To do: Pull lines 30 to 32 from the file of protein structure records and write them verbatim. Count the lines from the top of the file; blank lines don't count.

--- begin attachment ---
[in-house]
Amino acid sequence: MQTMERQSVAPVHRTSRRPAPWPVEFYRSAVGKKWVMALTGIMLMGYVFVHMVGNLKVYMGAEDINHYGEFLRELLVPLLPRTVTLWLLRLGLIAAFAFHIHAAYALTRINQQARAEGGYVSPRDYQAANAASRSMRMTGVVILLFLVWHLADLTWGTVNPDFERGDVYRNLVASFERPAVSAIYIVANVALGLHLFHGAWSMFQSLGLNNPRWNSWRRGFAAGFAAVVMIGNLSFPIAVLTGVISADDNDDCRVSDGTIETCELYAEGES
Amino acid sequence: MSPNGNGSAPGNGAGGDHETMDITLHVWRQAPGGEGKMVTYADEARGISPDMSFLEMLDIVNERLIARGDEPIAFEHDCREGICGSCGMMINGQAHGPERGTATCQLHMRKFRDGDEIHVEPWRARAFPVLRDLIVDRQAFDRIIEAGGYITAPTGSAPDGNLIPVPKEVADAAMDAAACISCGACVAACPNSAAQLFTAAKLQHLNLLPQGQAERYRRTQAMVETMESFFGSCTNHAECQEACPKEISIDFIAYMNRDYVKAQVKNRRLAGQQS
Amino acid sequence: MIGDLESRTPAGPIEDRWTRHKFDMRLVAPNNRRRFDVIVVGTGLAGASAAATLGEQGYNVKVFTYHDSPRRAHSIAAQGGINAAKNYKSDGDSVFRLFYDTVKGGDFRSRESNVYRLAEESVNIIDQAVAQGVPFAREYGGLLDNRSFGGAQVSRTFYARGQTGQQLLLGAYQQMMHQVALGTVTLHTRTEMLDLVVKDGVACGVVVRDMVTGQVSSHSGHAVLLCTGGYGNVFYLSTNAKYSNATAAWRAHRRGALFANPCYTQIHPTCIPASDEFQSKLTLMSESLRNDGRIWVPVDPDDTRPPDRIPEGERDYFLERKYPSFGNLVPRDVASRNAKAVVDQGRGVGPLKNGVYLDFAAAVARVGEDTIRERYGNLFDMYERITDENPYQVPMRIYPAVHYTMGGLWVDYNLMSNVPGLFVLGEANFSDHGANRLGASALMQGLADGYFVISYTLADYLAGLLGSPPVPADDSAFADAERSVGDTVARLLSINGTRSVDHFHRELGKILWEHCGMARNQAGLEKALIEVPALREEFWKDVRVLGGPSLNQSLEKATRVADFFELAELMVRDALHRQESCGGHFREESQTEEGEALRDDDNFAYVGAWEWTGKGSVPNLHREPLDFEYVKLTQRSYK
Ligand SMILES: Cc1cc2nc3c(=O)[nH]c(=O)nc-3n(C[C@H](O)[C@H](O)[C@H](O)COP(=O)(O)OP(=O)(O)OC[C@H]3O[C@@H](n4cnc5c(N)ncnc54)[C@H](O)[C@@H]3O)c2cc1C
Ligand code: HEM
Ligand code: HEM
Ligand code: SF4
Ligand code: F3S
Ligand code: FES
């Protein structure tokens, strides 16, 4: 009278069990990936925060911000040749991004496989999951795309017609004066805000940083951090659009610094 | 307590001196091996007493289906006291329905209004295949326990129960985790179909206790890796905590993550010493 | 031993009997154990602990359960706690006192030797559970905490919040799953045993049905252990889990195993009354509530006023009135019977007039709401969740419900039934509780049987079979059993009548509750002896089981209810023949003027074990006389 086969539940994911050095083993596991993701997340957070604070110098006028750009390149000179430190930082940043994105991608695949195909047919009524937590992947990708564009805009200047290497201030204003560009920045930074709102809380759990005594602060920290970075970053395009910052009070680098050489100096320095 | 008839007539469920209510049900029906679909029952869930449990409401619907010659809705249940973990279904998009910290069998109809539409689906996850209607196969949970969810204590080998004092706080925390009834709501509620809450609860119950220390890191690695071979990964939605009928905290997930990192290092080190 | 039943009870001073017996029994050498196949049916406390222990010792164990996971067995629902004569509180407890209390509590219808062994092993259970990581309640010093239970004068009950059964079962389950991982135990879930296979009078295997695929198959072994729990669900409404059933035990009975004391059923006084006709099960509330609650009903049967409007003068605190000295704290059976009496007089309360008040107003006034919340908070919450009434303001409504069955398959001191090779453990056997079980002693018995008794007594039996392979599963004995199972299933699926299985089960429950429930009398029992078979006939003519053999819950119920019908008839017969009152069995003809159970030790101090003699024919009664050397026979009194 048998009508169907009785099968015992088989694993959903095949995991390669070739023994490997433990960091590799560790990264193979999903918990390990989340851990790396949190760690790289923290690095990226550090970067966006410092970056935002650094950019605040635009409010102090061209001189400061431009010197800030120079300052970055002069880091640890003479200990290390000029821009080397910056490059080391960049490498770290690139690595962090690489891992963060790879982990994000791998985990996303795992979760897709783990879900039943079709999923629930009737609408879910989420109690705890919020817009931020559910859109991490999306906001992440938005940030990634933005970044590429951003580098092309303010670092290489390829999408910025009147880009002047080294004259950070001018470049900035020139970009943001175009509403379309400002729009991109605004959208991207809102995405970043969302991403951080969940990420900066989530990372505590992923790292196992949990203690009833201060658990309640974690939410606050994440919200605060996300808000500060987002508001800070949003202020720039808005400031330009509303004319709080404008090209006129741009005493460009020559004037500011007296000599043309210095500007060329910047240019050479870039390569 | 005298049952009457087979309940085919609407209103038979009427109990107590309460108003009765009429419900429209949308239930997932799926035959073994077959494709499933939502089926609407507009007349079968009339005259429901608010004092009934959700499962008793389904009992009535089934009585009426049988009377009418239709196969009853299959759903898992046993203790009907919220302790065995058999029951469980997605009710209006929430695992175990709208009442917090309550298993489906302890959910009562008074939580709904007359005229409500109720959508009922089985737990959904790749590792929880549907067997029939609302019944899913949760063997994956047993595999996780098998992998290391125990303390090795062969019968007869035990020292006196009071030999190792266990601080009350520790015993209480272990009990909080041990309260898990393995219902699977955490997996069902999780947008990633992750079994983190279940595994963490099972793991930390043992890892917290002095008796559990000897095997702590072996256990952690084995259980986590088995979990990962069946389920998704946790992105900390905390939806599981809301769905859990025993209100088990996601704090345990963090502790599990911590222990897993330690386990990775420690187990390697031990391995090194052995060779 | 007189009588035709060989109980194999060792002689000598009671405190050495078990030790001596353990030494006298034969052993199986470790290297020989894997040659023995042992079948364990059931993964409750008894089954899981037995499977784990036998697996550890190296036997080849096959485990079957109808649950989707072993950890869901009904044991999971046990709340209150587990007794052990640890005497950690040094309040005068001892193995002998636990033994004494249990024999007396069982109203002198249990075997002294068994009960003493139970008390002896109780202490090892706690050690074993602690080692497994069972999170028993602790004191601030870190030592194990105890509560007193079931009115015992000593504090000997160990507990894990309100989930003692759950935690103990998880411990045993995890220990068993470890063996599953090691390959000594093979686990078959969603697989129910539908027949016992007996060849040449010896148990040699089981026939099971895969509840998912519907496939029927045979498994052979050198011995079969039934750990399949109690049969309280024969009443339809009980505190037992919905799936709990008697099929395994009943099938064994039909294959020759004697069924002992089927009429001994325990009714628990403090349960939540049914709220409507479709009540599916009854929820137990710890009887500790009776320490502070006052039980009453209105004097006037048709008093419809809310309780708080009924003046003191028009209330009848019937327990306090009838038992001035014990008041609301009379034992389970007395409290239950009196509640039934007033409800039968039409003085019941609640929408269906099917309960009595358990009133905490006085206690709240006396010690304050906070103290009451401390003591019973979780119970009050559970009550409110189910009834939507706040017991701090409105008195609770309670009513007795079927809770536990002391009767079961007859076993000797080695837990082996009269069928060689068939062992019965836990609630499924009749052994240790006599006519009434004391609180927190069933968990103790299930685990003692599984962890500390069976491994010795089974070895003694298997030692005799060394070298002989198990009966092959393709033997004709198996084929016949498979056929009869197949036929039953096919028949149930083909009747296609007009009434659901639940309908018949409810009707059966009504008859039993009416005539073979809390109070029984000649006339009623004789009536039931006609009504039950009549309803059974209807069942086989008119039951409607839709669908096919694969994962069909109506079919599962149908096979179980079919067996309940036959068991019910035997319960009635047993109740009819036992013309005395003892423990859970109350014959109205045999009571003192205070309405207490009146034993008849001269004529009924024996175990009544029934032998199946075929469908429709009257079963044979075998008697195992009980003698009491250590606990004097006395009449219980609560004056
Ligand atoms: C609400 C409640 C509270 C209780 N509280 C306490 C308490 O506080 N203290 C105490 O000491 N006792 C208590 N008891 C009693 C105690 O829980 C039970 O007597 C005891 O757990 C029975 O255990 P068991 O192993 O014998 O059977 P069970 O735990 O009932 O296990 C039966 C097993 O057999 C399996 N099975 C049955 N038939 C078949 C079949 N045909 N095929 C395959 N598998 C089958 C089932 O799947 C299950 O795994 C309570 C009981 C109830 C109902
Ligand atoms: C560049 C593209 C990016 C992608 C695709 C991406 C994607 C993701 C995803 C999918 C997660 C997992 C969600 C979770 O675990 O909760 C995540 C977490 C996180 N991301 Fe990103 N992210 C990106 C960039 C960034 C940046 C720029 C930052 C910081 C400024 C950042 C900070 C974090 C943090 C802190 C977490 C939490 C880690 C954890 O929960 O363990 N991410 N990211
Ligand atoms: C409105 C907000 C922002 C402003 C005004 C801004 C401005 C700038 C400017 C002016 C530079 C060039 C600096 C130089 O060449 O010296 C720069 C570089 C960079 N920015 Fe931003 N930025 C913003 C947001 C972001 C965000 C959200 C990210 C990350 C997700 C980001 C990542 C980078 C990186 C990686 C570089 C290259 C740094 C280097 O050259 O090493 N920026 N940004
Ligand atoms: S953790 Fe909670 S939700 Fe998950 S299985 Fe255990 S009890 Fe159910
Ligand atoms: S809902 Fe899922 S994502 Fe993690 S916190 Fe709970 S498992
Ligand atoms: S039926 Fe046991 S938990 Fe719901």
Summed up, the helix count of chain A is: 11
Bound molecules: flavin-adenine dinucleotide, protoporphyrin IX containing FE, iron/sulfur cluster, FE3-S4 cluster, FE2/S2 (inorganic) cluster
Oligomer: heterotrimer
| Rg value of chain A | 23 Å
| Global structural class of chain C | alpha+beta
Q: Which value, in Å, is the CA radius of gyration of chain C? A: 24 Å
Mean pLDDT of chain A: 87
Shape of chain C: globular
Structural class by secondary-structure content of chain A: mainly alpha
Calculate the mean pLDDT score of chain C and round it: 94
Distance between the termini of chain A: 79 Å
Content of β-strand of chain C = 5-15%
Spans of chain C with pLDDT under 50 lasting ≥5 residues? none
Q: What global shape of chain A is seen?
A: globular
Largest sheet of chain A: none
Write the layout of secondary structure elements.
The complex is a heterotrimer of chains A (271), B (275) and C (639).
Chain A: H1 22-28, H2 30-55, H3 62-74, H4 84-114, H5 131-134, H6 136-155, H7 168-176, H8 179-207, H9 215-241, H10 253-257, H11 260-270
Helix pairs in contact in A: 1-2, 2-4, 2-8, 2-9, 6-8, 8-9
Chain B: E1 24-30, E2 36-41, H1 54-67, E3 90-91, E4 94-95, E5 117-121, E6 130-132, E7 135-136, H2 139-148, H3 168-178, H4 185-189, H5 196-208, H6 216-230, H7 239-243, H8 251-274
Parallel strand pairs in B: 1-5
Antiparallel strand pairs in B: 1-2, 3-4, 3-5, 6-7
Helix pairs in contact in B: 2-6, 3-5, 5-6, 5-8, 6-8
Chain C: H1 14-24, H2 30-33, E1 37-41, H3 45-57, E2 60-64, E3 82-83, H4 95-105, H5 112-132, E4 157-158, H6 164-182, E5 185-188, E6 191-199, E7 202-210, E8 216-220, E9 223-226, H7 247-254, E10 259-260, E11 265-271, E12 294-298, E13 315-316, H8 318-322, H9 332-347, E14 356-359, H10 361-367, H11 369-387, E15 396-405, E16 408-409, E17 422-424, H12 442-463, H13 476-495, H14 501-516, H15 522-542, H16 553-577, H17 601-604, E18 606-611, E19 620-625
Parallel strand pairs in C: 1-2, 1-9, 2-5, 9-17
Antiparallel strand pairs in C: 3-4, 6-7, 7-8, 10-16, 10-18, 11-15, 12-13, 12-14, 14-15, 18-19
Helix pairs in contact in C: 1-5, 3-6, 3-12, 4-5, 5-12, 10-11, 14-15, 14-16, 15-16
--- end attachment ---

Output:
Spans of chain C with pLDDT under 50 lasting ≥5 residues? none
Q: What global shape of chain A is seen?
A: globular